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Civilian Police Academy students graduate from 13-week course
by Gary Kent
Jun 14, 2014 | 219 views | 0 0 comments | 8 8 recommendations | email to a friend | print
Assistant Police Chief Richard Cantu offers some tips for Civilian Police Academy student Keith Mix during a session on the Beeville Police Department’s firing range Saturday. Students spent four hours on the range in their final class of the academy. Head academy instructor Greg Baron said he has been asked to consider an advanced course and a junior course for teens between the ages of 15 and 18.
Assistant Police Chief Richard Cantu offers some tips for Civilian Police Academy student Keith Mix during a session on the Beeville Police Department’s firing range Saturday. Students spent four hours on the range in their final class of the academy. Head academy instructor Greg Baron said he has been asked to consider an advanced course and a junior course for teens between the ages of 15 and 18.
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From left, Keith Mix, Michael Rupe and Heather Anderson take aim on targets as Assistant Police Chief Richard Cantu (behind Anderson) issues instructions. The three shooters were involved in their range training portion of the Beeville Police Department’s Civilian Police Academy Saturday at the BPD range. Academy students graduated Thursday at Coastal Bend College.
From left, Keith Mix, Michael Rupe and Heather Anderson take aim on targets as Assistant Police Chief Richard Cantu (behind Anderson) issues instructions. The three shooters were involved in their range training portion of the Beeville Police Department’s Civilian Police Academy Saturday at the BPD range. Academy students graduated Thursday at Coastal Bend College.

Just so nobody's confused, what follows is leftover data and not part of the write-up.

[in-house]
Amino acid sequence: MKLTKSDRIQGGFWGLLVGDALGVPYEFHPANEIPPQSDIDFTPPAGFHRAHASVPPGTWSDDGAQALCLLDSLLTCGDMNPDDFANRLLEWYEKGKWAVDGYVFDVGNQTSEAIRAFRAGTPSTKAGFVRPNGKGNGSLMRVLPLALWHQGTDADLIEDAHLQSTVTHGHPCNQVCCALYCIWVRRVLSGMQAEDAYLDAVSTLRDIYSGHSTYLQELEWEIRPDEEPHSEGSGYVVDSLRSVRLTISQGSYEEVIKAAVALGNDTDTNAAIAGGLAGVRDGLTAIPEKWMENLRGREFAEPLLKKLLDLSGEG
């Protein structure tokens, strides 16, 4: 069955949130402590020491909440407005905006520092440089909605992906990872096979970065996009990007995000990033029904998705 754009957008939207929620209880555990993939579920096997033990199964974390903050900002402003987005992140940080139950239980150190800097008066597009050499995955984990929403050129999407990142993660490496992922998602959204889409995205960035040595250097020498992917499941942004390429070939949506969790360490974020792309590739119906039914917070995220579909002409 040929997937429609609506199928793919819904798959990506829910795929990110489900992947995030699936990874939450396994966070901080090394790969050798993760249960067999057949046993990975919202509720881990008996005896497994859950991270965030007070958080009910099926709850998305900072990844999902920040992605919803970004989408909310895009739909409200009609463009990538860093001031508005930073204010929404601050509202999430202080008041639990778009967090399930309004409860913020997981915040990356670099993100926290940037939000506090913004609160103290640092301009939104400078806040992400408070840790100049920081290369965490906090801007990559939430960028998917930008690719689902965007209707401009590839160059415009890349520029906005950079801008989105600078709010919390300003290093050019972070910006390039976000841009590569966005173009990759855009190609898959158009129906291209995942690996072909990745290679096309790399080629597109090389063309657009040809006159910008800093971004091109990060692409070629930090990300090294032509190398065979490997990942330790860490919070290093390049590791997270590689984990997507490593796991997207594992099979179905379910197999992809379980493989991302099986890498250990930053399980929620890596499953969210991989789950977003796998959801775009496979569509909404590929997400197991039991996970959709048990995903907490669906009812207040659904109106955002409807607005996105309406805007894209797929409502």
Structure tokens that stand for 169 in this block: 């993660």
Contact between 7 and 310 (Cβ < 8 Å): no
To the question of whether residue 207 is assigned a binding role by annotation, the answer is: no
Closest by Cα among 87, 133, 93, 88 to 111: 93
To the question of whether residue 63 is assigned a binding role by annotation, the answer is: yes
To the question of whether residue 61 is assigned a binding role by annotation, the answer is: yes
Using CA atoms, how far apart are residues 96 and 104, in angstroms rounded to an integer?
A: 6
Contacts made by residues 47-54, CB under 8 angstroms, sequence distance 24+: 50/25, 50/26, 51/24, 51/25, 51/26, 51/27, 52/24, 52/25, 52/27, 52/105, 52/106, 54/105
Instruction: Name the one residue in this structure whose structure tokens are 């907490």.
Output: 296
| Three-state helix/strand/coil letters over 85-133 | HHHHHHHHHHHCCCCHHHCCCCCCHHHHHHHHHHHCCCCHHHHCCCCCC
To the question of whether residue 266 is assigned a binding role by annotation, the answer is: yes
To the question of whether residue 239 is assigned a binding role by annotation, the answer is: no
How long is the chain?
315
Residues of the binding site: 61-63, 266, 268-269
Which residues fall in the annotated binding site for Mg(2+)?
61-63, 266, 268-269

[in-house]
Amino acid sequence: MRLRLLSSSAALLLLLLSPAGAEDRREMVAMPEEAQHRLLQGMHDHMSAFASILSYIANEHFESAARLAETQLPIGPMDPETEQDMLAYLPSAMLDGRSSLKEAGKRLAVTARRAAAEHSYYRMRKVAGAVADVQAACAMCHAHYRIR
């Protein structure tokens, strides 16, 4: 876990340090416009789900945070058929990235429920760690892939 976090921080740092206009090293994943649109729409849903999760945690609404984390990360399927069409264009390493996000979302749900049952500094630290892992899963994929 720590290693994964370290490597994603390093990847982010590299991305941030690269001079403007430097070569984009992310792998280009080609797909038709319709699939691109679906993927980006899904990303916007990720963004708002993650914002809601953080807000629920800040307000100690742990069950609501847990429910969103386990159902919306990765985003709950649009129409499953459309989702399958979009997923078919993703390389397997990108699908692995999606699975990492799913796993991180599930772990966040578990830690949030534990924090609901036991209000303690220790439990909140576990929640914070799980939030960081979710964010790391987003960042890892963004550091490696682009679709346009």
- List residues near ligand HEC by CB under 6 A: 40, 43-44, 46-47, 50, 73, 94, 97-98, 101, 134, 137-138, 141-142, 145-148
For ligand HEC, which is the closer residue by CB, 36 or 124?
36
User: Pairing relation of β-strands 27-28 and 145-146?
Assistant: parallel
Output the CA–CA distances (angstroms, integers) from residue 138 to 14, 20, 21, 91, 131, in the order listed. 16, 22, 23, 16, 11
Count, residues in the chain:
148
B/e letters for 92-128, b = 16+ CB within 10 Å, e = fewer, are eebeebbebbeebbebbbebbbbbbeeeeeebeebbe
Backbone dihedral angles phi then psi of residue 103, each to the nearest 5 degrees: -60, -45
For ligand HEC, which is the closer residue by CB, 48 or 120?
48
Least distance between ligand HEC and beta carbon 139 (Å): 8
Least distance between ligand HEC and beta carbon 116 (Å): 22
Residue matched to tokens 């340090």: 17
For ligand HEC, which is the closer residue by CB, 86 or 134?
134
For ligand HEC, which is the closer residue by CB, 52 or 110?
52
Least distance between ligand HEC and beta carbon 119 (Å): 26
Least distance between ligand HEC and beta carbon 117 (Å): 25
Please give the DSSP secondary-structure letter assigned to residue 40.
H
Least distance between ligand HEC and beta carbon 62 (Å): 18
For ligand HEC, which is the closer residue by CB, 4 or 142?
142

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BEEVILLE – Most of the 15 persons taking the 13-week civilian police academy wrapped up their training last Saturday with a four-hour session on the Beeville Police Department’s shooting range.

Head instructor for the course, Detective Sgt. Greg Baron, said that for some of the students, it was the first time they ever fired a handgun.

Assistant Police Chief Richard Cantu served as the instructor, and Baron said most of the students supplied their own handguns.

“They’ll be graduating this Thursday at 7 p.m. at Coastal Bend College,” Baron said last week.

Special awards will be handed out in several categories, including top student and top shooter.

“We’ve already had a lot of interest in the next class,” Baron said.

Some members of this class also are interested in the BPD’s offering an advanced class, and Baron said he has had requests to develop a junior class for teens between the ages of 15 and 18.

Course plans for those classes will have to be written, the detective said.

Baron said the ride-along portion of the academy also was a hit with the students. Many of them ended up riding with full-time officers numerous times.

He said an advanced class probably would involve more classroom work with an emphasis on traffic and criminal law.

“Everybody had a ball on pursuit day,” Baron said. That class was taught by Detective Sgt. Art Gamez.

In fact, the range day and the pursuit class probably were the most popular parts of the course.

The first night of the academy some of those who had signed up for the program indicated that they were interested in going into law enforcement.

Baron said donations from Dave Moore Ford for the purchase of Civilian Police Academy polo shirts and from Coastal Bend College law enforcement program president Kevin Behr were a tremendous help in this class.

Baron will announce plans later for future Civilian Police Academy courses.
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